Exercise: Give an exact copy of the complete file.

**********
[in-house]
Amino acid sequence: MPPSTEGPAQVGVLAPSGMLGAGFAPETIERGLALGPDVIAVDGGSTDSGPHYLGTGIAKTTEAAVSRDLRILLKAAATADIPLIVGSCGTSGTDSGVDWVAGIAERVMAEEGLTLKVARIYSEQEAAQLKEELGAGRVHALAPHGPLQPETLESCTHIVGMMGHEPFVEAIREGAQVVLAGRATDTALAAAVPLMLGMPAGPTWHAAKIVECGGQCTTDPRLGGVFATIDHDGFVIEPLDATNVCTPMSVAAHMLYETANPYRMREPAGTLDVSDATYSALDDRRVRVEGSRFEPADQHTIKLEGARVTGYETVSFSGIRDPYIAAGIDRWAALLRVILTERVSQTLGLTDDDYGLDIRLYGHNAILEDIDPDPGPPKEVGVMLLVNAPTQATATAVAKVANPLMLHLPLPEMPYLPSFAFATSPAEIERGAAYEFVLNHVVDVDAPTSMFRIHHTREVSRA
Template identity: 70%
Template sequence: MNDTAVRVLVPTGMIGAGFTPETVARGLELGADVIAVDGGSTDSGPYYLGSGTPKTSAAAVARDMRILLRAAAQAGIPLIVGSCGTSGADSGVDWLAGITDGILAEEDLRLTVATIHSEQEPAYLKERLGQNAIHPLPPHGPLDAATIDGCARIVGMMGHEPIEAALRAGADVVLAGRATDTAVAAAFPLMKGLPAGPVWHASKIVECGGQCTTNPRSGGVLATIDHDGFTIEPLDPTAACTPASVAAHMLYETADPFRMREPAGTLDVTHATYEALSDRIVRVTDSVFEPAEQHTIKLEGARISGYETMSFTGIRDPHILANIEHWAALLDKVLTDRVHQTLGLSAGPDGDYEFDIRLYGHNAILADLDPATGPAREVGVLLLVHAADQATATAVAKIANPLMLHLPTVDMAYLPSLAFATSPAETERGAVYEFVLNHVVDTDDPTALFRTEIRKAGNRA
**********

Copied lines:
[in-house]
Amino acid sequence: MPPSTEGPAQVGVLAPSGMLGAGFAPETIERGLALGPDVIAVDGGSTDSGPHYLGTGIAKTTEAAVSRDLRILLKAAATADIPLIVGSCGTSGTDSGVDWVAGIAERVMAEEGLTLKVARIYSEQEAAQLKEELGAGRVHALAPHGPLQPETLESCTHIVGMMGHEPFVEAIREGAQVVLAGRATDTALAAAVPLMLGMPAGPTWHAAKIVECGGQCTTDPRLGGVFATIDHDGFVIEPLDATNVCTPMSVAAHMLYETANPYRMREPAGTLDVSDATYSALDDRRVRVEGSRFEPADQHTIKLEGARVTGYETVSFSGIRDPYIAAGIDRWAALLRVILTERVSQTLGLTDDDYGLDIRLYGHNAILEDIDPDPGPPKEVGVMLLVNAPTQATATAVAKVANPLMLHLPLPEMPYLPSFAFATSPAEIERGAAYEFVLNHVVDVDAPTSMFRIHHTREVSRA
Template identity: 70%
Template sequence: MNDTAVRVLVPTGMIGAGFTPETVARGLELGADVIAVDGGSTDSGPYYLGSGTPKTSAAAVARDMRILLRAAAQAGIPLIVGSCGTSGADSGVDWLAGITDGILAEEDLRLTVATIHSEQEPAYLKERLGQNAIHPLPPHGPLDAATIDGCARIVGMMGHEPIEAALRAGADVVLAGRATDTAVAAAFPLMKGLPAGPVWHASKIVECGGQCTTNPRSGGVLATIDHDGFTIEPLDPTAACTPASVAAHMLYETADPFRMREPAGTLDVTHATYEALSDRIVRVTDSVFEPAEQHTIKLEGARISGYETMSFTGIRDPHILANIEHWAALLDKVLTDRVHQTLGLSAGPDGDYEFDIRLYGHNAILADLDPATGPAREVGVLLLVHAADQATATAVAKIANPLMLHLPTVDMAYLPSLAFATSPAETERGAVYEFVLNHVVDTDDPTALFRTEIRKAGNRA